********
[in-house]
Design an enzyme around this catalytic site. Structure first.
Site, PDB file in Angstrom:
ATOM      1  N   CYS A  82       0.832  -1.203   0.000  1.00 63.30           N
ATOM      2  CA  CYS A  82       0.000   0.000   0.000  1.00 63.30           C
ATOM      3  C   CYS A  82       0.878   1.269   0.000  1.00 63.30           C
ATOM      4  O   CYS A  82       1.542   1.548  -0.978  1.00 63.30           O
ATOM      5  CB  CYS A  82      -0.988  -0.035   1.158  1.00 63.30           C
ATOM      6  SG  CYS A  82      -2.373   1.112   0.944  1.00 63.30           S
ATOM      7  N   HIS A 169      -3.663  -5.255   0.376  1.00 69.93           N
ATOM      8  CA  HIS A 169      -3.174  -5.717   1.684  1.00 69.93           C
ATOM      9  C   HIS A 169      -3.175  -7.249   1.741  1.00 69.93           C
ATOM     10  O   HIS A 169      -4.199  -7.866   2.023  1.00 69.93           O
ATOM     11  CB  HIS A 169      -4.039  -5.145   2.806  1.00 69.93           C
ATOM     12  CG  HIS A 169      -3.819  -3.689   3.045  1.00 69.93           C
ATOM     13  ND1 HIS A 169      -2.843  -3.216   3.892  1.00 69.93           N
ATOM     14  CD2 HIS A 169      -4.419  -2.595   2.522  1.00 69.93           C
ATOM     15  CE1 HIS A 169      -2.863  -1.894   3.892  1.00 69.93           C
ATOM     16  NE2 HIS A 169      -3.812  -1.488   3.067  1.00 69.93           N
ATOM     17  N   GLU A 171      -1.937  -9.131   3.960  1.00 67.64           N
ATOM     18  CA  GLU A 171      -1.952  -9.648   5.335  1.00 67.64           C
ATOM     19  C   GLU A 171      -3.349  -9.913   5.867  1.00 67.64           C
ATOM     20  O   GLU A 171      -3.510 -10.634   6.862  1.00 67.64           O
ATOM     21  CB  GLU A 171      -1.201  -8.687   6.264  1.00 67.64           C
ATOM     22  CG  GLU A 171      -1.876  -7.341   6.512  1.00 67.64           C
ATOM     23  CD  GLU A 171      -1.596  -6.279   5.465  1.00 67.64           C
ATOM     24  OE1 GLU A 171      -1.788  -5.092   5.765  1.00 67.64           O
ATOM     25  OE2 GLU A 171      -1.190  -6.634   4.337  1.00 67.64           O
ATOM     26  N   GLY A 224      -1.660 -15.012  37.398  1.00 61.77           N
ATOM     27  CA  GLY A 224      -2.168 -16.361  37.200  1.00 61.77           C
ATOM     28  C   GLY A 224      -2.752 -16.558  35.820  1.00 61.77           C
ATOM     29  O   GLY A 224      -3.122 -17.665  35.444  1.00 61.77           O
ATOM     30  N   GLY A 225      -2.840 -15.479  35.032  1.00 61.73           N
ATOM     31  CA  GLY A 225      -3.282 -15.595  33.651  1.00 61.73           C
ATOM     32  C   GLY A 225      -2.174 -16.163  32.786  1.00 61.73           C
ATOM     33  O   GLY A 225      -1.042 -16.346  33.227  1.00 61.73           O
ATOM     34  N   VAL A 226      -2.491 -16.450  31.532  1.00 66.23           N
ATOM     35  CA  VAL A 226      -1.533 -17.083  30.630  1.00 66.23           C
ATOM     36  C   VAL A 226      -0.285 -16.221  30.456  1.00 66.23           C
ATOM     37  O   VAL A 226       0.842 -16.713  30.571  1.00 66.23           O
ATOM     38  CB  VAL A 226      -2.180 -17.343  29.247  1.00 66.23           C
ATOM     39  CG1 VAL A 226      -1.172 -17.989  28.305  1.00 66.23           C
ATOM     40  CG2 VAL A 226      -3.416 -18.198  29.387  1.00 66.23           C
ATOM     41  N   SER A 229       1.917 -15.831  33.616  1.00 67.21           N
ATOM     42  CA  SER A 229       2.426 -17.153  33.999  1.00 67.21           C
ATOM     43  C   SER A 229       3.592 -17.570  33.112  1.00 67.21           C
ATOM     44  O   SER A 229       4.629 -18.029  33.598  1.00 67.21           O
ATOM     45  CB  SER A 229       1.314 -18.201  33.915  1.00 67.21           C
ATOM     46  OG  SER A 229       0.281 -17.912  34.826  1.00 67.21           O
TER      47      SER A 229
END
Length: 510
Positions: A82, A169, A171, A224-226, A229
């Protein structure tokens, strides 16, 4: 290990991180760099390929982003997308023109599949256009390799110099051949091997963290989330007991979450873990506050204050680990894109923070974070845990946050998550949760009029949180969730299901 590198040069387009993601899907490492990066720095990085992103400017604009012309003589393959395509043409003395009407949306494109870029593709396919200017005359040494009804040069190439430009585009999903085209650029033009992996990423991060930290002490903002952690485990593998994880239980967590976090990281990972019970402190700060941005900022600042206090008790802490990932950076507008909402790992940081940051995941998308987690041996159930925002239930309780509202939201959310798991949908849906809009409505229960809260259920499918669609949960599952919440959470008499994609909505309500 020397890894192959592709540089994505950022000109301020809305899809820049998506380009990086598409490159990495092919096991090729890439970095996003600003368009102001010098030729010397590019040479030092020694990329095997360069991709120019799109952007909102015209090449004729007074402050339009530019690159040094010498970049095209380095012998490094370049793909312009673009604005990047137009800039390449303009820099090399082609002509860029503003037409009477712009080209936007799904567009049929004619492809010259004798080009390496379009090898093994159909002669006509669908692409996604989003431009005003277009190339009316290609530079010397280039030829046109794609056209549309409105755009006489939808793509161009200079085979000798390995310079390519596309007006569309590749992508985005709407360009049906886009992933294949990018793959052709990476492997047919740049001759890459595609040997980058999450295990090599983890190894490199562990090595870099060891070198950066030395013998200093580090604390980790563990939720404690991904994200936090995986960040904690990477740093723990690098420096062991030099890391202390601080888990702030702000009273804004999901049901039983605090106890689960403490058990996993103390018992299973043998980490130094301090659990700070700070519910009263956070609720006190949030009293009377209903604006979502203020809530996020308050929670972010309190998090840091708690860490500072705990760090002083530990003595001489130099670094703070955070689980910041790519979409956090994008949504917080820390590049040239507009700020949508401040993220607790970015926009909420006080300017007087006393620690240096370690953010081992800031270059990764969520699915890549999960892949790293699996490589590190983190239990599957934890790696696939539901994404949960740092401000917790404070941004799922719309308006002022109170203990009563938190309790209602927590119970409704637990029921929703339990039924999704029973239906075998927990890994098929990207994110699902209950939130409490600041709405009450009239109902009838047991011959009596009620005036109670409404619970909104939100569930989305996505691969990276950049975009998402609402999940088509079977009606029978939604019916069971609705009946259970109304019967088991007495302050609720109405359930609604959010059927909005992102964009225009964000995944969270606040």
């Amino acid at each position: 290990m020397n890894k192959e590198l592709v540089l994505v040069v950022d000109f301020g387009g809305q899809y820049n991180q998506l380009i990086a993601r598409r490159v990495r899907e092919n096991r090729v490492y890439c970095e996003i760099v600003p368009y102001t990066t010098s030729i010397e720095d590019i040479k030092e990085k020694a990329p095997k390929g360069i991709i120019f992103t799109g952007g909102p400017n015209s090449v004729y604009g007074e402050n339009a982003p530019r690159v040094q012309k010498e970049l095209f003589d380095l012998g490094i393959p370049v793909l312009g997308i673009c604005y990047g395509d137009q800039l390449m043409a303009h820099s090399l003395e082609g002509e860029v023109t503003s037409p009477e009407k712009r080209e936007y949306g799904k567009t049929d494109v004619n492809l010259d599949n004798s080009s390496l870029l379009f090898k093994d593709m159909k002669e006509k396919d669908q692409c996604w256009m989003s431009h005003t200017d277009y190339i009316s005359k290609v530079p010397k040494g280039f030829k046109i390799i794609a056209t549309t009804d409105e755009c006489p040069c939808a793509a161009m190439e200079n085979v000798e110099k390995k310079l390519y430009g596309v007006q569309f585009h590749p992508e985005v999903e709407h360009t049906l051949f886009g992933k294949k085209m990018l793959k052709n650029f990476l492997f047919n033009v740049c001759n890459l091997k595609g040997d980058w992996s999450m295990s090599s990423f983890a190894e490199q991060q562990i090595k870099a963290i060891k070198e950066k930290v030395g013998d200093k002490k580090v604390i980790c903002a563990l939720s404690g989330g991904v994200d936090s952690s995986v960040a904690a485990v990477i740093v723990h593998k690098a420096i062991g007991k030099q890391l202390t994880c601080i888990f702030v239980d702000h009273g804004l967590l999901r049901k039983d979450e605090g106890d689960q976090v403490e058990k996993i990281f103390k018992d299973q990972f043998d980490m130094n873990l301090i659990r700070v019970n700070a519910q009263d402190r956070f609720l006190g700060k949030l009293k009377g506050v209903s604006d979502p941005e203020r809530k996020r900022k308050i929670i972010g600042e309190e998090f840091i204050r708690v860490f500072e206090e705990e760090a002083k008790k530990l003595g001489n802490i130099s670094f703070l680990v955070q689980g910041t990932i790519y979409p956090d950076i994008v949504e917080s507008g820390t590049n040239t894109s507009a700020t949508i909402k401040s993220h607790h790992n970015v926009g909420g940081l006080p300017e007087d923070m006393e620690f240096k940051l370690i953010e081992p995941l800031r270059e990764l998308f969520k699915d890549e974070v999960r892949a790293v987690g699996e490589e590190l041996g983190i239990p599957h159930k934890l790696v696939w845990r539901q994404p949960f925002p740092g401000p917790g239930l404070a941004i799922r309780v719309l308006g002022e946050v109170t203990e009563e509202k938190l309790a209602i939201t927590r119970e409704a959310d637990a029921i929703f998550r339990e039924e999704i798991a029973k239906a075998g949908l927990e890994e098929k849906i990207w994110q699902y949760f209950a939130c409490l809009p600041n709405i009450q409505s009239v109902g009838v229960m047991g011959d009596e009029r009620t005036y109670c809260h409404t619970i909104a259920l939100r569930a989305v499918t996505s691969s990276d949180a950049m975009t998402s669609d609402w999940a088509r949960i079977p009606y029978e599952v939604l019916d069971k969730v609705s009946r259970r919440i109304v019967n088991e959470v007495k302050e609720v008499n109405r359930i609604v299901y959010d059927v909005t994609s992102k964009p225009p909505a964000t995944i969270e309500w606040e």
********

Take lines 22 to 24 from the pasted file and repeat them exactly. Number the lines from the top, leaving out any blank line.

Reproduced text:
ATOM     19  C   GLU A 171      -3.349  -9.913   5.867  1.00 67.64           C
ATOM     20  O   GLU A 171      -3.510 -10.634   6.862  1.00 67.64           O
ATOM     21  CB  GLU A 171      -1.201  -8.687   6.264  1.00 67.64           C